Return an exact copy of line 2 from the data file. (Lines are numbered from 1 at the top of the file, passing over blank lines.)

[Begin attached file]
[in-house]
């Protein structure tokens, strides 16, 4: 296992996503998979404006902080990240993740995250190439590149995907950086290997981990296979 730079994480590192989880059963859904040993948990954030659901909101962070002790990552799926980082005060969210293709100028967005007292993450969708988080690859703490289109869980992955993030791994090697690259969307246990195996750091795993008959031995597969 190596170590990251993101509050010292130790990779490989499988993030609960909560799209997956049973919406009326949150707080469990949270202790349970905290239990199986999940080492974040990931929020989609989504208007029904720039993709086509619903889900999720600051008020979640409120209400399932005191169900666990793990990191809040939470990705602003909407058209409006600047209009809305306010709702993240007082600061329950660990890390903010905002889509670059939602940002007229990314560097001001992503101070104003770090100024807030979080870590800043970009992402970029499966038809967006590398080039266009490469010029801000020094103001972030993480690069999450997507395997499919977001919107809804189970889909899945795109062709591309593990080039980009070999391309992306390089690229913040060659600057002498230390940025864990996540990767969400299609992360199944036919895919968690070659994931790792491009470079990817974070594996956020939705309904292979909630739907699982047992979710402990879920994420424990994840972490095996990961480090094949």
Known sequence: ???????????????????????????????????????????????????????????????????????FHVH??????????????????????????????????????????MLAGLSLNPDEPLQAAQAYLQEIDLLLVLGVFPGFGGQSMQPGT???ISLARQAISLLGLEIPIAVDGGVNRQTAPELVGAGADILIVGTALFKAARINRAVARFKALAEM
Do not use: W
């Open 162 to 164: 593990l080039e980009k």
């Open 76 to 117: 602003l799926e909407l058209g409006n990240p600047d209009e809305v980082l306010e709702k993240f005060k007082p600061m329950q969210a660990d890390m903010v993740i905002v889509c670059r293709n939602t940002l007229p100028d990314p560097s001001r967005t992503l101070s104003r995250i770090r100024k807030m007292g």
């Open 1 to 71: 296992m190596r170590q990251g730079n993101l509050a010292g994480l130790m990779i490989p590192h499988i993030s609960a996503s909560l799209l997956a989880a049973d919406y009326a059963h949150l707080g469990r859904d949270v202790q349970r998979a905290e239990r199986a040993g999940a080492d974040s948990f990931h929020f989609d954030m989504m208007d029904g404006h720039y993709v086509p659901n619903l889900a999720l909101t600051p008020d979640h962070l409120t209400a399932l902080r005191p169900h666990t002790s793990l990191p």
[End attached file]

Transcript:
């Protein structure tokens, strides 16, 4: 296992996503998979404006902080990240993740995250190439590149995907950086290997981990296979 730079994480590192989880059963859904040993948990954030659901909101962070002790990552799926980082005060969210293709100028967005007292993450969708988080690859703490289109869980992955993030791994090697690259969307246990195996750091795993008959031995597969 190596170590990251993101509050010292130790990779490989499988993030609960909560799209997956049973919406009326949150707080469990949270202790349970905290239990199986999940080492974040990931929020989609989504208007029904720039993709086509619903889900999720600051008020979640409120209400399932005191169900666990793990990191809040939470990705602003909407058209409006600047209009809305306010709702993240007082600061329950660990890390903010905002889509670059939602940002007229990314560097001001992503101070104003770090100024807030979080870590800043970009992402970029499966038809967006590398080039266009490469010029801000020094103001972030993480690069999450997507395997499919977001919107809804189970889909899945795109062709591309593990080039980009070999391309992306390089690229913040060659600057002498230390940025864990996540990767969400299609992360199944036919895919968690070659994931790792491009470079990817974070594996956020939705309904292979909630739907699982047992979710402990879920994420424990994840972490095996990961480090094949």